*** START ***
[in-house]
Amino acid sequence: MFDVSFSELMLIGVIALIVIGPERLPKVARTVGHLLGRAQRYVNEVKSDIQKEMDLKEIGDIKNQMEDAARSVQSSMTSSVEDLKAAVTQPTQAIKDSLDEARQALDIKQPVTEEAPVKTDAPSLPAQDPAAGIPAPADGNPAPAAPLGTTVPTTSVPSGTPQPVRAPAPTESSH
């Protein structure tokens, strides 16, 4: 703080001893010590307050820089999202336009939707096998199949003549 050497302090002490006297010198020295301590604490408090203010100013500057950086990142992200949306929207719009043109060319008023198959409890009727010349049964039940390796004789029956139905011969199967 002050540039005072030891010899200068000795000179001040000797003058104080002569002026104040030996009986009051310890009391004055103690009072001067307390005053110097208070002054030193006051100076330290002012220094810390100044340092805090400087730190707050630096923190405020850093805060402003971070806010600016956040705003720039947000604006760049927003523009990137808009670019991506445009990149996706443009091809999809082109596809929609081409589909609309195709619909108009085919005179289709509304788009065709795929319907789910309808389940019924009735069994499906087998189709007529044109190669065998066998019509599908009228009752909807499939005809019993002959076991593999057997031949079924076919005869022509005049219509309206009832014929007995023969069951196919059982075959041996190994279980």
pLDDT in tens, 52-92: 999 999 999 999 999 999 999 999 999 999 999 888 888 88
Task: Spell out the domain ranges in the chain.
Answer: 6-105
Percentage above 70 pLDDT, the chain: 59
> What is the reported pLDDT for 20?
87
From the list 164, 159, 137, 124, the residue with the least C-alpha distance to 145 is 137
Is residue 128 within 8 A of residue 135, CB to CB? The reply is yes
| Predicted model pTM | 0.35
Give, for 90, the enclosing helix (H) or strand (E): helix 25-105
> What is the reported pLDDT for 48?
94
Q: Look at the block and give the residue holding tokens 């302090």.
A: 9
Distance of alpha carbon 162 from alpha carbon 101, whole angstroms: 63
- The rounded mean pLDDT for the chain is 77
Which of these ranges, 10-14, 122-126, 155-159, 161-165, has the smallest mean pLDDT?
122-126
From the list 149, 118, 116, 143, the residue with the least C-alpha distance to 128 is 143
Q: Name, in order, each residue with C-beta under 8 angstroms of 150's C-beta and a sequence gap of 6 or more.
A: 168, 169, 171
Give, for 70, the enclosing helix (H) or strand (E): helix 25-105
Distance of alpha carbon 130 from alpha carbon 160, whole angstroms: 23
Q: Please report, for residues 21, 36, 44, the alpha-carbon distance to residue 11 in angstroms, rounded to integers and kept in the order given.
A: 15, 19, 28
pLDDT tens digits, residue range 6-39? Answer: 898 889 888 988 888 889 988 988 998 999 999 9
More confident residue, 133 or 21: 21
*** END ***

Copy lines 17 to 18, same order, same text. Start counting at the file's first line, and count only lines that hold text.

A: 9
Distance of alpha carbon 162 from alpha carbon 101, whole angstroms: 63